EDITORIAL: Obamacare failed, but Trumpcare is a fiscal and terminal nightmare

It can’t be an improvement, because, like all these plans, it doesn’t address the problem. Like Obamacare, Trumpcare 2.0 will be a shell game, shifting costs from one unlucky American to another, with everybody paying more for less every single year

Unless you believe in Santa Claus, the chances of Senate Republicans unveiling anything desirable, or even new, in the realm of American health care and insurance legislation are nil.

Sorry, Virginia, there is no better plan than Obamacare, and as most Americans will tell you, it stinks.

Despite that, Republicans have dangerously forgotten or refuse to admit that the Affordable Care Act was created because the system before it stunk even worse. Before 2008, when the ACA was created, America suffered from a quagmire of state and federal laws created to benefit hospitals, insurance companies, doctors and drug manufacturers. The ACA created a new quagmire of laws that tried to benefit patients, but to appease important campaign contributors from both sides of the aisle, Obamacare accommodated hospitals, insurance companies, doctors and drug manufacturers.

A marginal system was made worse by Republicans, who were determined to see it fail. They have either refused to fix obvious problems or actively worked to sink it. In fact, they’re doing that even now.

The reboot of Trumpcare, about to be released from a secret Senate cabal culturing this newest strain of health care, won’t be any better than Obamacare because it can’t. It is, however, likely going to be far worse, based on what the House Republicans tried to do.

It can’t be an improvement because, like all these plans, it doesn’t address the problem. Like Obamacare, Trumpcare 2.0 will be a shell game, shifting costs from one unlucky American to another, with everybody paying more for less every single year, and middle-income and older Americans taking the biggest hit.

Obamcare poured more money into the health care system to allow more people to see doctors and treat illnesses. That created a surge in the market, driving up prices with increased demand. The problem is complex, but the economics are easy to understand. The only way to reduce the overall cost of healthcare is to take those people out of the market, creating competition for fewer patients, and driving down costs. In reality, however, prices won’t go down. They’ll just stop mushrooming. If you’re young, healthy and get your insurance from work and pleased with the rates you’re now paying, you’re going to like what’s coming.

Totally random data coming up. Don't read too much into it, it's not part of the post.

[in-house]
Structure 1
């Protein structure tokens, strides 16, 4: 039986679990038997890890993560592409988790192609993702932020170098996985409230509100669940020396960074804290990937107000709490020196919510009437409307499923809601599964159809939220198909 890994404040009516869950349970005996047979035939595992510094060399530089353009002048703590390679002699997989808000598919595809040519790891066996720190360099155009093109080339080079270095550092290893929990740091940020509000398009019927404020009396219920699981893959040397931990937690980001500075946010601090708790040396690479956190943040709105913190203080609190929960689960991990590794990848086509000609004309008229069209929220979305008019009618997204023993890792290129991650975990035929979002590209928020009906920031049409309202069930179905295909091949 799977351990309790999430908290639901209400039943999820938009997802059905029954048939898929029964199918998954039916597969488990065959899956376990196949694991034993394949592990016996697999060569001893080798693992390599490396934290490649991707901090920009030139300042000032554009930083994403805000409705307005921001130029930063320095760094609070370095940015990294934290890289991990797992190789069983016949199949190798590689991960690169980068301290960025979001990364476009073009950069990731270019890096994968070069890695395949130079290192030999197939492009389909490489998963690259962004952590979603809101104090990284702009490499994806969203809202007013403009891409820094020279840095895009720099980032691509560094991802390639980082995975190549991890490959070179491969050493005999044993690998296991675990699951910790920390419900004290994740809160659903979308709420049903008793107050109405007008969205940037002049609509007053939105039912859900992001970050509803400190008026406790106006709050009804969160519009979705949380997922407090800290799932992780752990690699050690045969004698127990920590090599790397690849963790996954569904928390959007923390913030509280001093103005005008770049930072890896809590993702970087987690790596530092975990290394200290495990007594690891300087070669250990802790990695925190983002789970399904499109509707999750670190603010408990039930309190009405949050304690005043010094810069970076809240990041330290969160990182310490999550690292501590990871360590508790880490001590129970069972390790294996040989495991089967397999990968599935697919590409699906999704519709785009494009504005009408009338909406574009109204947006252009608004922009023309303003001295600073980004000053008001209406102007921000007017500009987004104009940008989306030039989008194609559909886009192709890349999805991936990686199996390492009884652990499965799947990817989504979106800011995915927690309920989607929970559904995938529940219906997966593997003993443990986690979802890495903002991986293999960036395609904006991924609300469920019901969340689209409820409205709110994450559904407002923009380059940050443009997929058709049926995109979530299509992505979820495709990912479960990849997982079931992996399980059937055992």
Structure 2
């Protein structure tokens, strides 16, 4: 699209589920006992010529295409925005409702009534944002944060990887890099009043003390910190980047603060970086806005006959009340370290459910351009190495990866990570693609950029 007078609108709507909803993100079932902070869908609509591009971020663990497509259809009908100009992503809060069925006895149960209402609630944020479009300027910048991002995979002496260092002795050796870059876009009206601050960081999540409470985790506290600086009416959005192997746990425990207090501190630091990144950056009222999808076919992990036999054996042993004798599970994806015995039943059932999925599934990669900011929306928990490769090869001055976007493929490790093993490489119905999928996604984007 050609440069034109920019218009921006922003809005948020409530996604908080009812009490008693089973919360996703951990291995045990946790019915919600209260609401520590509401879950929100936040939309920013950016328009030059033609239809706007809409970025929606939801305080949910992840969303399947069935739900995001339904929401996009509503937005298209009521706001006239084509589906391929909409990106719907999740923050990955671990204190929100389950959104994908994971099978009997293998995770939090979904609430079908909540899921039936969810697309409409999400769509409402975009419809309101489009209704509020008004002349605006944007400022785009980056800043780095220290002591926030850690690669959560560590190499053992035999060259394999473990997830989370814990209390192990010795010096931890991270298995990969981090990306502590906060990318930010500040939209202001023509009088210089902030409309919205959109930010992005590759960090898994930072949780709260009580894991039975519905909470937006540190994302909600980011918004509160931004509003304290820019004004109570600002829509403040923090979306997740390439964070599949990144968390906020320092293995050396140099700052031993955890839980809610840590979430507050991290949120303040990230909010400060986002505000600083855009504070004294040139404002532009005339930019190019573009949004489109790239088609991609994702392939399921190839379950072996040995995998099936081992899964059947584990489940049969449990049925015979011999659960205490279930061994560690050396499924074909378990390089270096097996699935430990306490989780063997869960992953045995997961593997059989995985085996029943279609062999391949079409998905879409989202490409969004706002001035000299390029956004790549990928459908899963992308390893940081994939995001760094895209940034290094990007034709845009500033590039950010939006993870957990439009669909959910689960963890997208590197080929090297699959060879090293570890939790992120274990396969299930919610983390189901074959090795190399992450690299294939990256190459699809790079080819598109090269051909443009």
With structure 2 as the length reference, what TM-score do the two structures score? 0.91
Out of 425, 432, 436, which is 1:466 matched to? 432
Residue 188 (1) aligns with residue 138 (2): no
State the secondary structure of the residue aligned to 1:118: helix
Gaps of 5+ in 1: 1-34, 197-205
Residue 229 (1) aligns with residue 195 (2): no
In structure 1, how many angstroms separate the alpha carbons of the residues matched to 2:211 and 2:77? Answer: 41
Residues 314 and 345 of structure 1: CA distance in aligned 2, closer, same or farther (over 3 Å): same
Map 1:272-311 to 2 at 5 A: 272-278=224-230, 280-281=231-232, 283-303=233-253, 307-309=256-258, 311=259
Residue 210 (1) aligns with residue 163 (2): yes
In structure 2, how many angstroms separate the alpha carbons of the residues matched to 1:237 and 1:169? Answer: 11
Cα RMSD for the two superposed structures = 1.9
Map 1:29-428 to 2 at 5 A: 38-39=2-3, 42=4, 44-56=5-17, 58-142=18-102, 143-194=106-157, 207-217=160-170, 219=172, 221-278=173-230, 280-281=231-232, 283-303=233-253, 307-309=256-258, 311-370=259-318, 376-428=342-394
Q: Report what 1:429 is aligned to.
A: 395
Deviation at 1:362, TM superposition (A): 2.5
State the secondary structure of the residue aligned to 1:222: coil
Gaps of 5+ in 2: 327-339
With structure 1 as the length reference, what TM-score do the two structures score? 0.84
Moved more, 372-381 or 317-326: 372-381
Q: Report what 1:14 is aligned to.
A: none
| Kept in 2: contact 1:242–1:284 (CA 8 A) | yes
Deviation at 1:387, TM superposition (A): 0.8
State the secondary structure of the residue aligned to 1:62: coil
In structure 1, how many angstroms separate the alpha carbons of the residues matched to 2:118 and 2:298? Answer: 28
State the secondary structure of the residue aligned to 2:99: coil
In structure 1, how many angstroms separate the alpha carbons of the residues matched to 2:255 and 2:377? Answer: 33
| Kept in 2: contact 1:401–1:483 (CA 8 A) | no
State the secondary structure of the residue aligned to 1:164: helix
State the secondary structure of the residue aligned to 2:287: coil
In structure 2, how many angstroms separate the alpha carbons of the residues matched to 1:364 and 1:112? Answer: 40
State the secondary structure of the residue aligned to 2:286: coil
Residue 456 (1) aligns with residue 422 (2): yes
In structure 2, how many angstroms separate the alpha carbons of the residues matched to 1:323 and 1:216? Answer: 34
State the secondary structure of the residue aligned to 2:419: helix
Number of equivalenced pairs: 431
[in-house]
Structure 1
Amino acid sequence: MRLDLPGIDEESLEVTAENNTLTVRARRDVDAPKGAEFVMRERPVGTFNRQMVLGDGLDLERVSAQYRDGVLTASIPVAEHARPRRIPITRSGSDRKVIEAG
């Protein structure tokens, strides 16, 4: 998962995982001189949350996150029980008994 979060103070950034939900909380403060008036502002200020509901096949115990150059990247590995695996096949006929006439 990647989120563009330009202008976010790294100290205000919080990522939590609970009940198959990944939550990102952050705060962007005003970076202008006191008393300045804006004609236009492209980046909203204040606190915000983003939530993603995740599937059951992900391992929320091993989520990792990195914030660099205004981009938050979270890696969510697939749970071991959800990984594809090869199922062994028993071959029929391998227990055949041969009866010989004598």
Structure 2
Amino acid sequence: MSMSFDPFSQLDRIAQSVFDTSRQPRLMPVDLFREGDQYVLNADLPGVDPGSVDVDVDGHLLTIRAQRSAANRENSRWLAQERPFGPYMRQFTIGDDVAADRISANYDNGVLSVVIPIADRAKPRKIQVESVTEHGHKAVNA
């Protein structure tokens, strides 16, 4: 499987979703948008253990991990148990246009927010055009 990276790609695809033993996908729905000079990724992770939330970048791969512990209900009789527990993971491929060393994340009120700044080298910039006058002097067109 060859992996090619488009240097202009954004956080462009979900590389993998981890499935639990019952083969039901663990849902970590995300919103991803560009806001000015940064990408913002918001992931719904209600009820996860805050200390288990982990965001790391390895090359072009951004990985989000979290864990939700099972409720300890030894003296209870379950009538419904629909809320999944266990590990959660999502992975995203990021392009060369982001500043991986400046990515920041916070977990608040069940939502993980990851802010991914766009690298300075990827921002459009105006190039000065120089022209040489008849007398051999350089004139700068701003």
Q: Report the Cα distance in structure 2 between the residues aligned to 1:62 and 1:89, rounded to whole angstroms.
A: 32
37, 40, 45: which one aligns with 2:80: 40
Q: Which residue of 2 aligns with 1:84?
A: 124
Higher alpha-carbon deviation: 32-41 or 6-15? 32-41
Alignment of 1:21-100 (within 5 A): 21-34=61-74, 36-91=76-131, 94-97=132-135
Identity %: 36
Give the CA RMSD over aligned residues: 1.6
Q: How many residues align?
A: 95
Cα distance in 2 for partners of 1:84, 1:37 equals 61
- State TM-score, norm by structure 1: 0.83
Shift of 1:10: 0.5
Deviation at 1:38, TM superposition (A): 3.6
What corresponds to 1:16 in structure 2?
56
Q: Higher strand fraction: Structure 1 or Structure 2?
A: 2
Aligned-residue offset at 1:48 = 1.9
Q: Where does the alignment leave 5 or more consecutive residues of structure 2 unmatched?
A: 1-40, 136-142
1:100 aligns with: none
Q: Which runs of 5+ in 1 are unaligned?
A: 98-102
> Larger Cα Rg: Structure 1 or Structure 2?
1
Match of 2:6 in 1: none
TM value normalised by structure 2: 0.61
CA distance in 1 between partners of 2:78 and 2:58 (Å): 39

The lucky fewer who can afford health insurance will see some benefit, but unless we’re willing to let people die in hospital parking lots because they’re refused treatment for not being able to pay, that’s not going to happen either. Instead, those thrown off of insurance will get health care for free, and those now larger costs will be passed onto paying customers, just like before.

There are no good answers, but there are cruel and stupid ones, and this one even President Donald Trump has branded as “mean.”

The least-worst thing Congress could do is fix Obamacare, creating a public option for those who don’t have health insurance plans available or who just want government insurance, reducing the Medicaid load and using that money to create this Medicare Part All. Republicans and Democrats both must work to improve the system to keep it working as long as it takes to face reality: none of these systems is sustainable.

This untenable, critical problem will only get worse. We already spend more than $10,000 per American on health care, a whopping $3.5 trillion each year. Increasingly older, sicker Americans and increasingly expensive ways to keep them alive longer are a looming disaster in the making.

The best answer is to prop up Obamacare and simultaneously look at some type of universal care, and there are many options. Whether you like or dislike the notion of a system like that in Canada, Germany, Australia or Norway doesn’t matter. It’s the only sustainable system unless we agree we will no longer provide health care to those who cannot pay for it.

So America can either get real, and move toward a universal care system, or we can all get deathly sick, whether we’re in the system or outside of it.